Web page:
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Diabetes mellitus as a risk factor for poor early outcomes in patients hospitalized with COVID-19

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posted on 31.08.2020 by Jacqueline Seiglie, Jesse Platt, Sara Jane Cromer, Bridget Bunda, Andrea S. Foulkes, Ingrid V. Bassett, John Hsu, James B. Meigs, Aaron Leong, Melissa S. Putman, Virginia A. Triant, Deborah J. Wexler, Jennifer Manne-Goehler
OBJECTIVE

Diabetes mellitus and obesity are highly prevalent among hospitalized patients with COVID-19, but little is known about their contributions to early COVID-19 outcomes. We tested the hypothesis that diabetes is a risk factor for poor early outcomes, after adjustment for obesity, among a cohort of patients hospitalized with COVID-19.

RESEARCH DESIGN AND METHODS We used data from the Massachusetts General Hospital (MGH) COVID-19 Data Registry of patients hospitalized with COVID-19 between March 11, 2020 and April 30, 2020. Primary outcomes were admission to the intensive care unit (ICU), need for mechanical ventilation, and death within 14 days of presentation to care. Logistic regression models were adjusted for demographic characteristics, obesity, and relevant comorbidities.

RESULTS

Among 450 patients, 178 (39.6%) had diabetes, mostly type 2 diabetes. A higher proportion of patients with diabetes were admitted to the ICU (42.1% vs. 29.8%, p=0.007), required mechanical ventilation (37.1% vs. 23.2%, p=0.001), and died (15.9% vs. 7.9%, p=0.009), compared with patients without diabetes. In multivariable logistic regression models, diabetes was associated with greater odds of ICU admission (OR 1.59 [95% CI 1.01-2.52]), mechanical ventilation (1.97 [1.21-3.20]), and death (2.02 [1.01-4.03]) at 14-days. Obesity was associated with higher odds of ICU admission (2.16 [1.20-3.88]) and mechanical ventilation (2.13 [1.14-4.00]) but not with death.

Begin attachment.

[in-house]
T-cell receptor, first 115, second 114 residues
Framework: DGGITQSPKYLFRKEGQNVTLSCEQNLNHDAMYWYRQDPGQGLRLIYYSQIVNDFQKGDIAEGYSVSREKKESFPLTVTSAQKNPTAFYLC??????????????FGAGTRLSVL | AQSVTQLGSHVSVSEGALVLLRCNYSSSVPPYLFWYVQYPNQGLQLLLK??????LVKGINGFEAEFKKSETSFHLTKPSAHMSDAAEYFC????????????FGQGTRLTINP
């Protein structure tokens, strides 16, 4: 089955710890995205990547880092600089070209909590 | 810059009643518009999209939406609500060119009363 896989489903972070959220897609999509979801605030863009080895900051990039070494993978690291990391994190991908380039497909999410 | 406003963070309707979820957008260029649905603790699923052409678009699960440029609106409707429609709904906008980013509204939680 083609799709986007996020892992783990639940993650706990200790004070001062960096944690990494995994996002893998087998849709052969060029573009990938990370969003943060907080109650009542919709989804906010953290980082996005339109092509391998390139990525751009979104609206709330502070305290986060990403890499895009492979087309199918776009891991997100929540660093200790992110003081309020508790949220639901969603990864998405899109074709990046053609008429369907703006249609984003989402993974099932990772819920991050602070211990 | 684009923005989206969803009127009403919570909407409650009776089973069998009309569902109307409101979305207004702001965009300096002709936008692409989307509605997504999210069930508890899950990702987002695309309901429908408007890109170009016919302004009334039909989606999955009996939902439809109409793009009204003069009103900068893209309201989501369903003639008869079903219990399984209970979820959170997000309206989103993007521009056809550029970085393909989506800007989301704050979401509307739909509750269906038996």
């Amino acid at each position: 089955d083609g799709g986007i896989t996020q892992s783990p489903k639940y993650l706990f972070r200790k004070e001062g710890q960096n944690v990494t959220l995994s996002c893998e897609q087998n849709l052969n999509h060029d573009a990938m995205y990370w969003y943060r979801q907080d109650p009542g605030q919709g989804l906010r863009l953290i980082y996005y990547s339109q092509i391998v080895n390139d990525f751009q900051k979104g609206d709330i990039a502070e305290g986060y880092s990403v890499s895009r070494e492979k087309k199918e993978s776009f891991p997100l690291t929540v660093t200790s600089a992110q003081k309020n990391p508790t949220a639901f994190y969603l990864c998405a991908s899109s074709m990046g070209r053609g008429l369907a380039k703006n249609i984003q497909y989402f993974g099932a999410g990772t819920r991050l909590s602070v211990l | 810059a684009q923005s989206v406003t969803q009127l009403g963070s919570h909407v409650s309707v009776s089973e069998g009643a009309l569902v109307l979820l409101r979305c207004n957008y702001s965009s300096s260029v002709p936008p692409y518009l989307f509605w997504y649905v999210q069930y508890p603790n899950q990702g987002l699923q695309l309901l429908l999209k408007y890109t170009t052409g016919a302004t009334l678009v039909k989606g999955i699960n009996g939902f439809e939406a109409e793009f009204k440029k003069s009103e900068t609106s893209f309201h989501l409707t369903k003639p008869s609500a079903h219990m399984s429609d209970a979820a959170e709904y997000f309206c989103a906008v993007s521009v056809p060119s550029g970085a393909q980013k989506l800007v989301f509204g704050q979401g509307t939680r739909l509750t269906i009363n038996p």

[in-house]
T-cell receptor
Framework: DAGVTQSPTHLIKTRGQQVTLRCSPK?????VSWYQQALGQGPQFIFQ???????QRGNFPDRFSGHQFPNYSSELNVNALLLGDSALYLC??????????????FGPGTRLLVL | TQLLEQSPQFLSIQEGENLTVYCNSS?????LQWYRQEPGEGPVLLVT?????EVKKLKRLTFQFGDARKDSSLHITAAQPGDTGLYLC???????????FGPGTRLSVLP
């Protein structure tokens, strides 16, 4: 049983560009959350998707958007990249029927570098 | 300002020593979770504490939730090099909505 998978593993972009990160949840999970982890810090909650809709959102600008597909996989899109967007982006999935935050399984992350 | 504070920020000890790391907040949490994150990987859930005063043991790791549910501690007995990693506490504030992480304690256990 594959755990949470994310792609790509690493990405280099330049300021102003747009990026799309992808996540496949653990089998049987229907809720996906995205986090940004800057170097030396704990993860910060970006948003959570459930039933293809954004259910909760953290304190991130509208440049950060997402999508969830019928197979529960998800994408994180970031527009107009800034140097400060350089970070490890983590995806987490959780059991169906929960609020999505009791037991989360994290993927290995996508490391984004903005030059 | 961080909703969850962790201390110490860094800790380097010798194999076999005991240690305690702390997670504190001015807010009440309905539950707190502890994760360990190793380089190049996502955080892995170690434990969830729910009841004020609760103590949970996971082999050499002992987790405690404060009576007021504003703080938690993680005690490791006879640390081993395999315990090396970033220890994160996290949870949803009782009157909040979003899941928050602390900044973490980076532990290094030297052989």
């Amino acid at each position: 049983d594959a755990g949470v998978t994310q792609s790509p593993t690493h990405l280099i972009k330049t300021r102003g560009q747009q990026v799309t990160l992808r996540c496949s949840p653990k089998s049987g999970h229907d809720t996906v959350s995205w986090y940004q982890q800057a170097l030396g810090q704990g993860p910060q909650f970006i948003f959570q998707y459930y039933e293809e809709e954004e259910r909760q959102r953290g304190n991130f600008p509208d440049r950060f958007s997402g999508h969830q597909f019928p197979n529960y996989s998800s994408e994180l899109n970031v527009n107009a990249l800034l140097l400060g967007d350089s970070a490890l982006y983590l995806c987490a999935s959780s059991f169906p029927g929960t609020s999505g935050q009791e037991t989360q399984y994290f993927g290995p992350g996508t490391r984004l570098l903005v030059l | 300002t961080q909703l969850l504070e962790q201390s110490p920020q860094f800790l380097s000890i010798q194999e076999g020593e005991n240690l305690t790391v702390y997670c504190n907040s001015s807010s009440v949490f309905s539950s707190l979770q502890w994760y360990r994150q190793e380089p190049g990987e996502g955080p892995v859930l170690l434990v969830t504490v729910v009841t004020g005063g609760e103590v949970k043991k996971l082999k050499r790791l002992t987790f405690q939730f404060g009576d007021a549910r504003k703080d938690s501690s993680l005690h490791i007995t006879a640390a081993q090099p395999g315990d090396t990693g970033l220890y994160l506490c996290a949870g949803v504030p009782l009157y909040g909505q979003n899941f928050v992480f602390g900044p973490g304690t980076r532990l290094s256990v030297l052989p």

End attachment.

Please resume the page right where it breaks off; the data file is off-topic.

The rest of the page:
CONCLUSIONS

Among hospitalized patients with COVID-19, diabetes was associated with poor early outcomes, after adjusting for obesity. These findings can help inform patient-centered care decision making for people with diabetes at risk of COVID-19.

Funding

Support for the MGH COVID-19 Data Registry was provided by the MGH Division of Clinical Research. Jacqueline Seiglie and Sara Jane Cromer are supported by grant number T32DK007028 from the National Institute of Diabetes and Digestive and Kidney Diseases (NIDDK). Jesse Platt is supported by grant number 5T32DK007191-45 from the NIDDK. Virginia A. Triant is supported by NIH R01HL132786 and NIH R01AG062393. Jennifer Manne-Goehler is supported by grant number T32AI007433 from the National Institute of Allergy and Infectious Diseases. Ingrid Bassett is supported by K24AI141036. Andrea S. Foulkes is supported by NIH R01GM127862. John Hsu is supported by R01AG062282 and R01DK085070. The contents of this research are solely the responsibility of the authors.

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